Skepticland is a place where Science and Studies are all important. Anecdotal evidence? Bah! Not important. Especially when it comes to questions of human behavior, people want proof. This is even more true when -isms come up.
Of course it is important that we have something to back up assertions of racism, sexism, or bias. But where a lot of people go wrong is by saying that if they don’t see racism it doesn’t exist. In reality, there are studies upon studies that show evidence of bias towards people of color, women, mentally ill and disabled people, Muslims, atheists…there’s even studies that show how easy it is to manufacture bias on totally arbitrary grounds.
National conversations are currently circulating around race and gender in a big way, with many voices suggesting that we should probably stop talking about these things because racism and sexism are over, ya know? What many people seem to be missing is that beyond the incidents that are the current buzzwords, there’s years of research into bias and discrimination that shows overwhelming evidence that racism and sexism (as well as a whole lot of other -isms) exist.
So when I see people saying that racism and sexism don’t exist, or that they can’t find any evidence about bias, I have to side eye until my eyes are in actual pain. The ease with which one can find studies exploring different elements of bias is actually almost overwhelming. Yesterday, while researching studies for an article on Phactual, it took me barely an hour to find studies supporting evidence of almost every kind of bias I could think of, as well as a superabundance about race and gender.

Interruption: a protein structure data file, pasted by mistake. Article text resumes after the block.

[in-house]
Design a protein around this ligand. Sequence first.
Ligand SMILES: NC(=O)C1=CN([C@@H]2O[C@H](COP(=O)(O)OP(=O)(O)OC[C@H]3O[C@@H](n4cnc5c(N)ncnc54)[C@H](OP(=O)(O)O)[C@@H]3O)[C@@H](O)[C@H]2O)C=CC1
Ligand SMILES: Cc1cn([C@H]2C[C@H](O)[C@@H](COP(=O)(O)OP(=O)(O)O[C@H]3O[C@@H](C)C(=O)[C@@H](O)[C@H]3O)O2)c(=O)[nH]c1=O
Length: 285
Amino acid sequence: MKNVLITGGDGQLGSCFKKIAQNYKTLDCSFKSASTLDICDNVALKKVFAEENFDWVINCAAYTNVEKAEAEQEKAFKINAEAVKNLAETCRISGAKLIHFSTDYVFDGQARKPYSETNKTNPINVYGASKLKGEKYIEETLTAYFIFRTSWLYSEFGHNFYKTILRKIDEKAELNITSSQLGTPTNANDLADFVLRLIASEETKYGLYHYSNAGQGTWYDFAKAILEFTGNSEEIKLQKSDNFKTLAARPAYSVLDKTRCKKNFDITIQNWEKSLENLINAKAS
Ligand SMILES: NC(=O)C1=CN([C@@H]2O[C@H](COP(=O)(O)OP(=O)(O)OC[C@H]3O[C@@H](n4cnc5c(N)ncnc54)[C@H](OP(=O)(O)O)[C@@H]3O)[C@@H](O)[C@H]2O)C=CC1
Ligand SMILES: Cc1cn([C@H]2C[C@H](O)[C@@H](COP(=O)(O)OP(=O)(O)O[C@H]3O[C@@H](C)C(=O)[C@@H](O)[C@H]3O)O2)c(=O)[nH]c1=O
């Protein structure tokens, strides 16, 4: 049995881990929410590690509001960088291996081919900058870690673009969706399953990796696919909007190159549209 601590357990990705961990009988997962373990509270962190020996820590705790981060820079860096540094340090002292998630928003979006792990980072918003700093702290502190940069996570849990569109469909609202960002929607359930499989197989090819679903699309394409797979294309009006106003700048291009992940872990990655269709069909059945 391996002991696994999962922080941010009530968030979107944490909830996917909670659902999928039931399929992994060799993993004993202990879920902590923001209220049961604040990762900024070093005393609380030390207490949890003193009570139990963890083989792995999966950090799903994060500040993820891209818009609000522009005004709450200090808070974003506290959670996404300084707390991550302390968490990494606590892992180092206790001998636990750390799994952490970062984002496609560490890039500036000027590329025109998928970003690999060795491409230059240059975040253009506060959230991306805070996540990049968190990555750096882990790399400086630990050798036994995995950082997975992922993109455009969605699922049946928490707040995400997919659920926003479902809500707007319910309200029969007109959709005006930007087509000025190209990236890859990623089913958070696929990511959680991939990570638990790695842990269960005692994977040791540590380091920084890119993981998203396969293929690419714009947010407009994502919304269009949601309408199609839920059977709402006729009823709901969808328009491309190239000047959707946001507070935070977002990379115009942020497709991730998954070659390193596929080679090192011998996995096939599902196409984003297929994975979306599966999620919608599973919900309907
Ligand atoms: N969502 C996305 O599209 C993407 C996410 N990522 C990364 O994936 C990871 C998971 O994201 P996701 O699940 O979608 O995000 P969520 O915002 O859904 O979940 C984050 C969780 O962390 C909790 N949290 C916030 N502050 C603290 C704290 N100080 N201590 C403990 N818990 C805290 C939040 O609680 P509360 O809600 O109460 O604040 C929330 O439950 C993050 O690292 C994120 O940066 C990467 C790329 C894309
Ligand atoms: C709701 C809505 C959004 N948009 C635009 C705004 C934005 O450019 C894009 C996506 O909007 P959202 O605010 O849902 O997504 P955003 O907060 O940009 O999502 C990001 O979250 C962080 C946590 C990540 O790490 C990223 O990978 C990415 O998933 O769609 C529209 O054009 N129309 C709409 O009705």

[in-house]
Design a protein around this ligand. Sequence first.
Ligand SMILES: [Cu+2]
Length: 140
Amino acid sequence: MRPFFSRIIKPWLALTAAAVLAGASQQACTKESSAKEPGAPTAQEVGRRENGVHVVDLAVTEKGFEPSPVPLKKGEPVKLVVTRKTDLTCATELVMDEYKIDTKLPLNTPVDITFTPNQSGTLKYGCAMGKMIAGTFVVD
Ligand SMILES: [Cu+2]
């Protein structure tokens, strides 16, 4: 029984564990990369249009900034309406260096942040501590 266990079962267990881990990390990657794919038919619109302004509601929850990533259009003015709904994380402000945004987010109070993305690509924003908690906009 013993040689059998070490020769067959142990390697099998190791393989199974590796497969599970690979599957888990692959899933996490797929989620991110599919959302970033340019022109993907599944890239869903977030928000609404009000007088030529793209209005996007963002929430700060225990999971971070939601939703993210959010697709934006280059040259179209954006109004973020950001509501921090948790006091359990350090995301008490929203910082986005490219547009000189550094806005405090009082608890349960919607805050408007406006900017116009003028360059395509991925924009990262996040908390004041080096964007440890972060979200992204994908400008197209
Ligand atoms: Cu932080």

When I see people saying that black deaths at the hands of cops are not racially motivated, all I can think of is this study showing that we’re more likely to see a harmless object as a gun when it’s held by a black person.
When someone suggests that people who are overweight aren’t discriminated against it’s for their own good/they’re just lazy/what bias, I just want to send over this study that literally shows the same individuals are treated differently at different weights.
So why are otherwise skeptical individuals suddenly incapable of Googling when questions of bias appear?
This seems to point towards the tendency of some atheists and skeptics to discount the social sciences, and the serious consequences that come from dismissing them. This isn’t simply a question of having a deeper understanding of other humans: it’s about understanding the ways in which our society has been systematically prejudiced so that we can move towards equity. If we don’t have the tools to adequately assess the current landscape of bias and prejudice, or to understand how and why bias is happening, we can’t dismantle it.
To my skeptics who are skeptical of racism and sexism: get your Google hat on. Check out all the amazing work that has been done around how people of different demographics are treated differently. And don’t come back to conversations about sexual violence, wage gaps, police violence, fair trials, torture, or really any national conversation at this moment in time until you’re better educated.